Mentions: There are three types of mechanically activated currents in adult mouse DRG neurons. These currents can be readily distinguished by their inactivation kinetics (Figure 2A) and are classified into RA-type, IA-type and SA-type currents (McCarter et al, 1999; Drew et al, 2002; Hu and Lewin, 2006; McCarter and Levine, 2006). We recorded mechanosensitive currents by stimulating the soma with very small (⩾350 nm) and rapidly applied (3.5 μm/ms) displacement stimuli. At E11.5 and E12.5, none of the cells tested responded with inward current to mechanical stimulation (Figure 2B). Just 1 day later, at E13.5, 59% (42/71 tested neurons) exhibited mechanically activated currents (Figure 2B). Interestingly, at this stage, mechanosensitivity was largely restricted to a subpopulation of large diameter neurons (Figure 2C and D), which had also just appeared at E13.5 (Figure 2C, for size frequency plots see Supplementary Figure S2A); neurons smaller than 14 μm did not possess a mechanosensitive current at this stage (Figure 2D). Almost all neurons with a mechanosensitive current exhibited RA-currents (88.1%), whereas IA- and SA-currents were found in only 7.2 and 4.7% of the recorded cells, respectively (Figure 2B). The incidence and distribution of mechanosensitive currents at E14.5 was virtually the same as at E13.5. Many of the neurons recorded at E13.5 possessed a humped AP, but the AP width was still narrow compared with more mature nociceptors (Figure 1B and C). We, thus, carried out single-cell PCR experiments to characterize neurotrophin receptor expression in functionally characterized neurons with an RA-type current at E13.5. Of 15 large diameter neurons recorded with a mechanosensitive current (mean cell diameter 17.6±0.9 μm), all expressed either TrkC (5 cells), TrkB (5 cells) or both (5 cells) (Figure 2E). Importantly, TrkA transcripts could not be detected in any of the 15 mechanosensitive neurons tested. The control experiments demonstrated that the primers used to detect TrkA transcripts were equally efficient in amplifying TrkA as the TrkB and TrkC primers used (Supplementary Figure S3). Thus, the first neurons to acquire mechanosensitivity have the molecular make-up predicted for low threshold mechanoreceptors (Figure 2E).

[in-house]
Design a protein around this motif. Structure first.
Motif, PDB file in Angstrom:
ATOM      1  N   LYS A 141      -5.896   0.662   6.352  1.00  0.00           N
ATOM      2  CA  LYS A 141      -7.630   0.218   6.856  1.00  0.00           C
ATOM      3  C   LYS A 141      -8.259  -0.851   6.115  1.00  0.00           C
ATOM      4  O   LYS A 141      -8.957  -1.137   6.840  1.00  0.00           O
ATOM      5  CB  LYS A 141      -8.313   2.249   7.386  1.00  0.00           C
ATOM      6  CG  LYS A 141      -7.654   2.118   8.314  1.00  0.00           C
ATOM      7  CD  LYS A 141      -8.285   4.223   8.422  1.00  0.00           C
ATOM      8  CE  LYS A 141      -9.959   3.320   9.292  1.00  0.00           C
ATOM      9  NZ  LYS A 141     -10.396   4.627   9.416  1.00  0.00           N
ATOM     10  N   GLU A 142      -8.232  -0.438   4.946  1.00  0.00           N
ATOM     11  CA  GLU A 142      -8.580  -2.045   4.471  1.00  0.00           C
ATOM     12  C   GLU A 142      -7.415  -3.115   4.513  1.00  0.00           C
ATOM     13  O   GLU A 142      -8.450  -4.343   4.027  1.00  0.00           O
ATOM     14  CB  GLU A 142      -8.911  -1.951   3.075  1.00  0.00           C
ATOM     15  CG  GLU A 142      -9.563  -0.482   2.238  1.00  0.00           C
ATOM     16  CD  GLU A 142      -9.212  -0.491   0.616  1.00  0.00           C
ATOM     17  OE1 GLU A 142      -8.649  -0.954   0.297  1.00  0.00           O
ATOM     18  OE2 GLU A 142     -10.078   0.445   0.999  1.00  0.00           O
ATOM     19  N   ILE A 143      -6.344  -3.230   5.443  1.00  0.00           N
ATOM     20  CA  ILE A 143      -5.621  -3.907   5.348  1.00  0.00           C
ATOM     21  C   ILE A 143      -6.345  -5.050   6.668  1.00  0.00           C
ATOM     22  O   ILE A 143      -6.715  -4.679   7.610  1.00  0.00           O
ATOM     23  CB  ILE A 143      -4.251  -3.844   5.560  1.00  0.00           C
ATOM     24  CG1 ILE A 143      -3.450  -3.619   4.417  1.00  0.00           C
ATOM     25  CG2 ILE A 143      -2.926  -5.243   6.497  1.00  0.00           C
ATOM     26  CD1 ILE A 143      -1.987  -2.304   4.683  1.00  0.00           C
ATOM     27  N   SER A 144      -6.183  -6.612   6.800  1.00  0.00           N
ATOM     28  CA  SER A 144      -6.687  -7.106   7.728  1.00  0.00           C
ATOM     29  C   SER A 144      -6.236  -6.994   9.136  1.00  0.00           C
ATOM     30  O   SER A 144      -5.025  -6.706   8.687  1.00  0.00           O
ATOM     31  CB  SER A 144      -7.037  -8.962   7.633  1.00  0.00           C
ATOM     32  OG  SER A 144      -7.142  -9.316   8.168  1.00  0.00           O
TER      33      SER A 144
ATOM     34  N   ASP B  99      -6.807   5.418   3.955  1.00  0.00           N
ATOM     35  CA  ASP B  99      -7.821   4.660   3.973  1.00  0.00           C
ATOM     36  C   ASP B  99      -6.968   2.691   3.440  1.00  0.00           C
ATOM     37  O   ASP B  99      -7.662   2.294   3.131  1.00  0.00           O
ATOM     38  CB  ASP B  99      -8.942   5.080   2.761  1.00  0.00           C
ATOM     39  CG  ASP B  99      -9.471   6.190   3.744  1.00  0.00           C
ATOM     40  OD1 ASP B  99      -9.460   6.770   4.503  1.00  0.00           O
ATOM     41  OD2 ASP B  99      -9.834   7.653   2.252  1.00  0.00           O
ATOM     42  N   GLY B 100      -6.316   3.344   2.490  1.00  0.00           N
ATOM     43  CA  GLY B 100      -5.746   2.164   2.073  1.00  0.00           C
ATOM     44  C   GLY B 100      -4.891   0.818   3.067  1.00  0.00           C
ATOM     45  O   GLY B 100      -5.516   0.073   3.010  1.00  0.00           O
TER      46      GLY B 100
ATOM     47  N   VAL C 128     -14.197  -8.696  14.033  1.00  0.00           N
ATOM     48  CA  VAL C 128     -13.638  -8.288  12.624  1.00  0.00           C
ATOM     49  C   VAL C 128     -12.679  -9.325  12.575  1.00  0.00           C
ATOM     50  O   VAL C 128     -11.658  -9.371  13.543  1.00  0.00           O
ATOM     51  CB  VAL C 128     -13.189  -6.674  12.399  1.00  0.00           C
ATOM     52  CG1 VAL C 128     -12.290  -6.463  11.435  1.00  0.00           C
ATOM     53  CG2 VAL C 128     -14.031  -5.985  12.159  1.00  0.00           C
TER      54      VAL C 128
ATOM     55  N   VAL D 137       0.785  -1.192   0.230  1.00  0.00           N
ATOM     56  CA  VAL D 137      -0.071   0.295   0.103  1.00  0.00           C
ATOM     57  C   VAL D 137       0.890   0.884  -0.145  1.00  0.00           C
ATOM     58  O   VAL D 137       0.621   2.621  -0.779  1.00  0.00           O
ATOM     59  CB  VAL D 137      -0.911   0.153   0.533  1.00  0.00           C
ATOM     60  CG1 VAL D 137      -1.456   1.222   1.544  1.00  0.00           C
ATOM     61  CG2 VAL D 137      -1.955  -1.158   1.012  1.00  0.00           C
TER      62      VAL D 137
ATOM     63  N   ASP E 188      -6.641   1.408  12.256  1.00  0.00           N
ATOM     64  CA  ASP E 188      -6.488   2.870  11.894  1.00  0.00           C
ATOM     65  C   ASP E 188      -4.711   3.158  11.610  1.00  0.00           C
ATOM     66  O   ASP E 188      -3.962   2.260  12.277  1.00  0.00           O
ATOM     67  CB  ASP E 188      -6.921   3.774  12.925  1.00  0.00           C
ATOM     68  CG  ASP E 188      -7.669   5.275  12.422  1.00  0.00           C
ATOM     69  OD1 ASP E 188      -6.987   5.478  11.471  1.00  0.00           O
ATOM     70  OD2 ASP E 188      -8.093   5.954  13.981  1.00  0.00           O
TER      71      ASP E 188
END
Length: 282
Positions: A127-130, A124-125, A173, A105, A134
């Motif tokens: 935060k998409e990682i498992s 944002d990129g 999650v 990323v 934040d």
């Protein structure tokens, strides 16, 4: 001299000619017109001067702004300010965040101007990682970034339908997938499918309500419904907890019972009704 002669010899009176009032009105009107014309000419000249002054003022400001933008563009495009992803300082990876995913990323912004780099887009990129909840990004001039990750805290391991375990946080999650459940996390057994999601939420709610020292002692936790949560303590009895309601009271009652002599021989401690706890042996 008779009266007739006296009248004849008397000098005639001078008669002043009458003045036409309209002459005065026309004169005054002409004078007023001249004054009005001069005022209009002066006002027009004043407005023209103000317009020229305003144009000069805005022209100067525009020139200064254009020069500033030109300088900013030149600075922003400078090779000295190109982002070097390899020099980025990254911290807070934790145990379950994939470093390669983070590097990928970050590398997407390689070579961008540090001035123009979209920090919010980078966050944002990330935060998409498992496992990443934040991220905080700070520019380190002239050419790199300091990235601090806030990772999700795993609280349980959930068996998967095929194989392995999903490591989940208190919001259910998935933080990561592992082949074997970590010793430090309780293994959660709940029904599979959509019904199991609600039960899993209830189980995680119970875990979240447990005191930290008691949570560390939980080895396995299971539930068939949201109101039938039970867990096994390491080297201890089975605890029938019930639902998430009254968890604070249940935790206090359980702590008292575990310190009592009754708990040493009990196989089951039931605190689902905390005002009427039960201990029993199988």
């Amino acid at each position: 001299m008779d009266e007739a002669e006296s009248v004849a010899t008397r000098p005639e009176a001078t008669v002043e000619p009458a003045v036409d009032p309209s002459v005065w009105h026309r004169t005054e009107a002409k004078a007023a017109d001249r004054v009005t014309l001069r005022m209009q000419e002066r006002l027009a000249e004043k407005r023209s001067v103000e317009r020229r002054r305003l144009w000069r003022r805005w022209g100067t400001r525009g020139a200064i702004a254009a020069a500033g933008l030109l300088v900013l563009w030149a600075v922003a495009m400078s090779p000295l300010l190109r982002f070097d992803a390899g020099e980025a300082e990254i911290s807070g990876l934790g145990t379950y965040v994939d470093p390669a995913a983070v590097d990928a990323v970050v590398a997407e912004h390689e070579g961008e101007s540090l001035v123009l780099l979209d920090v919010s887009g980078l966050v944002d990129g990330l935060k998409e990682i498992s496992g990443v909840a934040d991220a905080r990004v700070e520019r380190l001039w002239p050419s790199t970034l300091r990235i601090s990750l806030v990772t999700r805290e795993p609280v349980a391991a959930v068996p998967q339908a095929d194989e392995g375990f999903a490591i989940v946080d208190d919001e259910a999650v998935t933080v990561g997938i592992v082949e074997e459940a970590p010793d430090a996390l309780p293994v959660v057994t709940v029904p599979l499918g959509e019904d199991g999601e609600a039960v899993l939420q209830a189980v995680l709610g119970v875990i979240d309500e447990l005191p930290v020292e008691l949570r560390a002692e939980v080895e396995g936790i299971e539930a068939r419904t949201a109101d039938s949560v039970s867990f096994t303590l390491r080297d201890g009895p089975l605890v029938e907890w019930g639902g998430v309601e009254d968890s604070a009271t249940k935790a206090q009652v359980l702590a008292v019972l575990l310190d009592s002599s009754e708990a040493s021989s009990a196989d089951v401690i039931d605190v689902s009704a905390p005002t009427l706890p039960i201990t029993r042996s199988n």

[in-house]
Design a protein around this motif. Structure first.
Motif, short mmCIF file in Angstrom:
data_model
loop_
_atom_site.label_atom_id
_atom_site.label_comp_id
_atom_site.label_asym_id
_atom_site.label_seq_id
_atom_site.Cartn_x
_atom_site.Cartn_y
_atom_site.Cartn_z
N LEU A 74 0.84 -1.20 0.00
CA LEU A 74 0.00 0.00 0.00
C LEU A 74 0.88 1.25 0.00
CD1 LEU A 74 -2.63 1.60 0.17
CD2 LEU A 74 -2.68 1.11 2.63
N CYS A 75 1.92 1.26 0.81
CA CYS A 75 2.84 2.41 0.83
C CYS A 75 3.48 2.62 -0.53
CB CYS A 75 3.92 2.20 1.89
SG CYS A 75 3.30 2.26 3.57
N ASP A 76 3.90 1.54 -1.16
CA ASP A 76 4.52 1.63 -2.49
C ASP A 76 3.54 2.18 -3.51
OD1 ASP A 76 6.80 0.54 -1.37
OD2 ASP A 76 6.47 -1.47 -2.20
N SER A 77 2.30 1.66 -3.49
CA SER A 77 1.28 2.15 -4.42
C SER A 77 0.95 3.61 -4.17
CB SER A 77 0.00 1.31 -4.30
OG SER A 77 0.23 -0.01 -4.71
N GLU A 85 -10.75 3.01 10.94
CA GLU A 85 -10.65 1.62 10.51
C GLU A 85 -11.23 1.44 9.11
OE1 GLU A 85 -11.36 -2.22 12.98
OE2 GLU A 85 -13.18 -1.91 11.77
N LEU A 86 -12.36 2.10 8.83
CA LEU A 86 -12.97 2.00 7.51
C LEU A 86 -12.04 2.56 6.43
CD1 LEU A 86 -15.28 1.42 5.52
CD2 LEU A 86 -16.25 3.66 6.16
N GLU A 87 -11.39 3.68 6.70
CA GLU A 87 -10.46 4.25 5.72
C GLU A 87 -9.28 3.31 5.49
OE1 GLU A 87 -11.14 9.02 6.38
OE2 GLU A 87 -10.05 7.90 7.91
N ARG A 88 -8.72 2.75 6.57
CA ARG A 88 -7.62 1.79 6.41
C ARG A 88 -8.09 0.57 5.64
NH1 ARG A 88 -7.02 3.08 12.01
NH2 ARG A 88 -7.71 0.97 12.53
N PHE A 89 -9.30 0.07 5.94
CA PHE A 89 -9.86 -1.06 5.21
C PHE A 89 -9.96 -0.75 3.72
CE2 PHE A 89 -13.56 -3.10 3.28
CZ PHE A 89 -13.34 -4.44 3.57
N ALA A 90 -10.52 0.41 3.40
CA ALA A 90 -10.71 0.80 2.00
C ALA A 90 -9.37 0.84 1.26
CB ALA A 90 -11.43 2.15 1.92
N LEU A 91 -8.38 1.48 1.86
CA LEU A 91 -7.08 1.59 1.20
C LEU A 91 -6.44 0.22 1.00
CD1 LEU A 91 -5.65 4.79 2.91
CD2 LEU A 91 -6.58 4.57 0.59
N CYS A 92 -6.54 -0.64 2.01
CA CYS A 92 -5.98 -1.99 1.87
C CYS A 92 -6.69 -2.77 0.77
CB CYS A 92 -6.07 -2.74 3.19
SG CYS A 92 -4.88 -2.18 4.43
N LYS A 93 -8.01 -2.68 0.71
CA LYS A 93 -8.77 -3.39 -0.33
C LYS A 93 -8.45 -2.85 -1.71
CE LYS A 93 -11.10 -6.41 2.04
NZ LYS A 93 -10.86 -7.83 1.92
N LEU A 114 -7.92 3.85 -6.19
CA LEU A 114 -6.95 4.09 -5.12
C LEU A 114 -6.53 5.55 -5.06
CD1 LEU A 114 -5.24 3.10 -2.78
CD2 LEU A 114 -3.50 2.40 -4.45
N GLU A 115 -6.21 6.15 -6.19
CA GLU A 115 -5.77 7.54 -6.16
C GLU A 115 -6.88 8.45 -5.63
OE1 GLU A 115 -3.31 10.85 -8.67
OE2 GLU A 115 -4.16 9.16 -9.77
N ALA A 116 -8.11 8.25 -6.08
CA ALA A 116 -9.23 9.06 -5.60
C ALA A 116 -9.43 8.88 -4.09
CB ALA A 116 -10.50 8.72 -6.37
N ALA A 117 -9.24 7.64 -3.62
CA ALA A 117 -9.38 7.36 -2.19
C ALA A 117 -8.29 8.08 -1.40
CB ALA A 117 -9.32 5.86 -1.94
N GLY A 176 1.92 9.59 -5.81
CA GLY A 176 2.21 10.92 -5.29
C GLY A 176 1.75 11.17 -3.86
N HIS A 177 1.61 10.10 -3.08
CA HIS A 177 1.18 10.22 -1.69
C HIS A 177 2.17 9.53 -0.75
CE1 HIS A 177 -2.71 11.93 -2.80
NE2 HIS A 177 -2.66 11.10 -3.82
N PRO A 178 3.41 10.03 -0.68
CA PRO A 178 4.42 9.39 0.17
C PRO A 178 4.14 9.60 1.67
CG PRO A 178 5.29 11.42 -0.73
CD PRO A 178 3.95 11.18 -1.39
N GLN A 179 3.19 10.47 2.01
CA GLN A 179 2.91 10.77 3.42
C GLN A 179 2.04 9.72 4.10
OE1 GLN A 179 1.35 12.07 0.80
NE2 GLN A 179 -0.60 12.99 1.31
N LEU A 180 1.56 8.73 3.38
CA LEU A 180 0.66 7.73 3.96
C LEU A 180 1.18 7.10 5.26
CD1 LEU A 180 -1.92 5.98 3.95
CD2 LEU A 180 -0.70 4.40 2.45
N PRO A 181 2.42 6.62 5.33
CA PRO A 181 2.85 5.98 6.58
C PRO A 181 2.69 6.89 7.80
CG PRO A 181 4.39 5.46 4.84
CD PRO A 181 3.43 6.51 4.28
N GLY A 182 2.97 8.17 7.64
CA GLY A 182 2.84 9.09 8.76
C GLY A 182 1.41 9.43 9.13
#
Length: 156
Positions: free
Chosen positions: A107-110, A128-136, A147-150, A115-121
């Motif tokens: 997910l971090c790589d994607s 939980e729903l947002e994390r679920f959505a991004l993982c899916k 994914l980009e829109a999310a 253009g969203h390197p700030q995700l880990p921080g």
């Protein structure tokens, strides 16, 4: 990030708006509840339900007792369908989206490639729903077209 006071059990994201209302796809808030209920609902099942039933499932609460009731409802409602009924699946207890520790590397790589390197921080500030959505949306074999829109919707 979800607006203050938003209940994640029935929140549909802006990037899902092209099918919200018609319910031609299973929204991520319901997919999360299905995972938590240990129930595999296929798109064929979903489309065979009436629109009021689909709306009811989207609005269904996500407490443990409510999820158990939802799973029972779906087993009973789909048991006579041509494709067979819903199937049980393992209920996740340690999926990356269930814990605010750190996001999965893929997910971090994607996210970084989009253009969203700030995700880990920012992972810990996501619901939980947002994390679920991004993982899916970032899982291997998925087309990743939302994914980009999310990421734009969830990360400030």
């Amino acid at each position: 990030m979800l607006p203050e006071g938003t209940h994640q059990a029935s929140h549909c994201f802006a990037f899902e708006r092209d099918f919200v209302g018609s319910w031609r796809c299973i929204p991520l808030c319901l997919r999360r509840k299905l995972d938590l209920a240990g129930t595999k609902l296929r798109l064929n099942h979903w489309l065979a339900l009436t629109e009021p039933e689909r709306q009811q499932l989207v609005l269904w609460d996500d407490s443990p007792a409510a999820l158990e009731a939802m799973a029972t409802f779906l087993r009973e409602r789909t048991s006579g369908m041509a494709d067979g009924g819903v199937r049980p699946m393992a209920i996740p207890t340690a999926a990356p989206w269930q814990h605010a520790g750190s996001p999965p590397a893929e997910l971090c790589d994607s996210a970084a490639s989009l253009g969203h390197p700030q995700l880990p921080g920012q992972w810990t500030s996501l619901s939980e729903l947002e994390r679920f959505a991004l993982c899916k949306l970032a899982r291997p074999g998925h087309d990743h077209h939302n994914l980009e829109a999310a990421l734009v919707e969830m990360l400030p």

Bottom Line: Sensory neurons that are mechanoreceptors or proprioceptors acquire mature mechanotransduction indistinguishable from the adult already at E13.In contrast, most nociceptive (pain sensing) sensory neurons acquire mechanosensitive competence as a result of exposure to target-derived nerve growth factor.The highly regulated process of mechanosensory acquisition unveiled here, reveals new strategies to identify molecules required for sensory neuron mechanotransduction.

View Article: PubMed Central - PubMed

Affiliation: Department of Neuroscience, Max-Delbrück Center for Molecular Medicine, Berlin-Buch, Germany.

ABSTRACT
Somatic sensation relies on the transduction of physical stimuli into electrical signals by sensory neurons of the dorsal root ganglia. Little is known about how and when during development different types of sensory neurons acquire transduction competence. We directly investigated the emergence of electrical excitability and mechanosensitivity of embryonic and postnatal mouse sensory neurons. We show that sensory neurons acquire mechanotransduction competence coincident with peripheral target innervation. Mechanotransduction competence arises in different sensory lineages in waves, coordinated by distinct developmental mechanisms. Sensory neurons that are mechanoreceptors or proprioceptors acquire mature mechanotransduction indistinguishable from the adult already at E13. This process is independent of neurotrophin-3 and may be driven by a genetic program. In contrast, most nociceptive (pain sensing) sensory neurons acquire mechanosensitive competence as a result of exposure to target-derived nerve growth factor. The highly regulated process of mechanosensory acquisition unveiled here, reveals new strategies to identify molecules required for sensory neuron mechanotransduction.

Show MeSH
Related in: MedlinePlus